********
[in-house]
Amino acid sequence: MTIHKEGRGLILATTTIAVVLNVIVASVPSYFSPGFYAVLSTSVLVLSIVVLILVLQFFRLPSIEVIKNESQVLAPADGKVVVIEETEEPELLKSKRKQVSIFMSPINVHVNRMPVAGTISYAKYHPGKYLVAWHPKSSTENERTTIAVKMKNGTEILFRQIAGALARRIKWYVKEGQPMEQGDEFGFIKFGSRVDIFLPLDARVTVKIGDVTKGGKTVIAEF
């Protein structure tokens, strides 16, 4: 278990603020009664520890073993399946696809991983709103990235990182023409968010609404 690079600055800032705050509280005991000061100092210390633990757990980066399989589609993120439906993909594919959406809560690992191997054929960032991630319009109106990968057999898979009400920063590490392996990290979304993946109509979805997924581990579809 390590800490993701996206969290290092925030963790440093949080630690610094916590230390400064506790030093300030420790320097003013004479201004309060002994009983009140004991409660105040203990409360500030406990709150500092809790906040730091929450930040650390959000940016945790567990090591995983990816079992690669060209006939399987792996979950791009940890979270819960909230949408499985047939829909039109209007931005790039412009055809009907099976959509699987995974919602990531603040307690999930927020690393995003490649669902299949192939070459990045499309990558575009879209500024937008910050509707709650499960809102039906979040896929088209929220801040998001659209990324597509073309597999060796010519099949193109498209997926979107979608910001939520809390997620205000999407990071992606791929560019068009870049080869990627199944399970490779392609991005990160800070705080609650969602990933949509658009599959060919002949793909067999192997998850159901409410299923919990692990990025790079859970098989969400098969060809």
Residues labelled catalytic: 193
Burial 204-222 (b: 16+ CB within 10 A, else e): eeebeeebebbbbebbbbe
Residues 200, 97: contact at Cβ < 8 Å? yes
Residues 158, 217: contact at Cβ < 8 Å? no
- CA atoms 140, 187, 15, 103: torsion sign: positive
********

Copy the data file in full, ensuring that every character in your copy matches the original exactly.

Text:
[in-house]
Amino acid sequence: MTIHKEGRGLILATTTIAVVLNVIVASVPSYFSPGFYAVLSTSVLVLSIVVLILVLQFFRLPSIEVIKNESQVLAPADGKVVVIEETEEPELLKSKRKQVSIFMSPINVHVNRMPVAGTISYAKYHPGKYLVAWHPKSSTENERTTIAVKMKNGTEILFRQIAGALARRIKWYVKEGQPMEQGDEFGFIKFGSRVDIFLPLDARVTVKIGDVTKGGKTVIAEF
């Protein structure tokens, strides 16, 4: 278990603020009664520890073993399946696809991983709103990235990182023409968010609404 690079600055800032705050509280005991000061100092210390633990757990980066399989589609993120439906993909594919959406809560690992191997054929960032991630319009109106990968057999898979009400920063590490392996990290979304993946109509979805997924581990579809 390590800490993701996206969290290092925030963790440093949080630690610094916590230390400064506790030093300030420790320097003013004479201004309060002994009983009140004991409660105040203990409360500030406990709150500092809790906040730091929450930040650390959000940016945790567990090591995983990816079992690669060209006939399987792996979950791009940890979270819960909230949408499985047939829909039109209007931005790039412009055809009907099976959509699987995974919602990531603040307690999930927020690393995003490649669902299949192939070459990045499309990558575009879209500024937008910050509707709650499960809102039906979040896929088209929220801040998001659209990324597509073309597999060796010519099949193109498209997926979107979608910001939520809390997620205000999407990071992606791929560019068009870049080869990627199944399970490779392609991005990160800070705080609650969602990933949509658009599959060919002949793909067999192997998850159901409410299923919990692990990025790079859970098989969400098969060809």
Residues labelled catalytic: 193
Burial 204-222 (b: 16+ CB within 10 A, else e): eeebeeebebbbbebbbbe
Residues 200, 97: contact at Cβ < 8 Å? yes
Residues 158, 217: contact at Cβ < 8 Å? no
- CA atoms 140, 187, 15, 103: torsion sign: positive